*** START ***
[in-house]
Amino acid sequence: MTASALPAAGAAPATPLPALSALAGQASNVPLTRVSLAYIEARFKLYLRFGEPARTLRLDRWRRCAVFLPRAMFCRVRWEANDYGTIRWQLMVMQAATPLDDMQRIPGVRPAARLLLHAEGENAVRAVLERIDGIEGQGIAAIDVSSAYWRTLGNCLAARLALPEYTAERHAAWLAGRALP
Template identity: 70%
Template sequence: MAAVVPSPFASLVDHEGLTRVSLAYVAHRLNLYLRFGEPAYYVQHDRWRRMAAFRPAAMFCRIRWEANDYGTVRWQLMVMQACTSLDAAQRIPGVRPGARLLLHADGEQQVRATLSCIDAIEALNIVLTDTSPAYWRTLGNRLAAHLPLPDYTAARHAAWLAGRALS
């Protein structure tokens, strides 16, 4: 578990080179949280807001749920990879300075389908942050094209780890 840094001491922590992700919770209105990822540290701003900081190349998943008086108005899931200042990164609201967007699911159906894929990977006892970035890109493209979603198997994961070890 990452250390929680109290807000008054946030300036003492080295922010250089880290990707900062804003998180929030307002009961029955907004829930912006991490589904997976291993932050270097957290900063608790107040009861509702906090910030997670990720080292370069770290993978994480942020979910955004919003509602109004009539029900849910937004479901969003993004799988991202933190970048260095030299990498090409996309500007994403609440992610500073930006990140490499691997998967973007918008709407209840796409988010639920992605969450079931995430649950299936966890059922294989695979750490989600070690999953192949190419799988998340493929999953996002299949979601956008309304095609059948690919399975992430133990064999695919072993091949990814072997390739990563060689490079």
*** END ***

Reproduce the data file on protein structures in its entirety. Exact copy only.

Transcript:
[in-house]
Amino acid sequence: MTASALPAAGAAPATPLPALSALAGQASNVPLTRVSLAYIEARFKLYLRFGEPARTLRLDRWRRCAVFLPRAMFCRVRWEANDYGTIRWQLMVMQAATPLDDMQRIPGVRPAARLLLHAEGENAVRAVLERIDGIEGQGIAAIDVSSAYWRTLGNCLAARLALPEYTAERHAAWLAGRALP
Template identity: 70%
Template sequence: MAAVVPSPFASLVDHEGLTRVSLAYVAHRLNLYLRFGEPAYYVQHDRWRRMAAFRPAAMFCRIRWEANDYGTVRWQLMVMQACTSLDAAQRIPGVRPGARLLLHADGEQQVRATLSCIDAIEALNIVLTDTSPAYWRTLGNRLAAHLPLPDYTAARHAAWLAGRALS
């Protein structure tokens, strides 16, 4: 578990080179949280807001749920990879300075389908942050094209780890 840094001491922590992700919770209105990822540290701003900081190349998943008086108005899931200042990164609201967007699911159906894929990977006892970035890109493209979603198997994961070890 990452250390929680109290807000008054946030300036003492080295922010250089880290990707900062804003998180929030307002009961029955907004829930912006991490589904997976291993932050270097957290900063608790107040009861509702906090910030997670990720080292370069770290993978994480942020979910955004919003509602109004009539029900849910937004479901969003993004799988991202933190970048260095030299990498090409996309500007994403609440992610500073930006990140490499691997998967973007918008709407209840796409988010639920992605969450079931995430649950299936966890059922294989695979750490989600070690999953192949190419799988998340493929999953996002299949979601956008309304095609059948690919399975992430133990064999695919072993091949990814072997390739990563060689490079």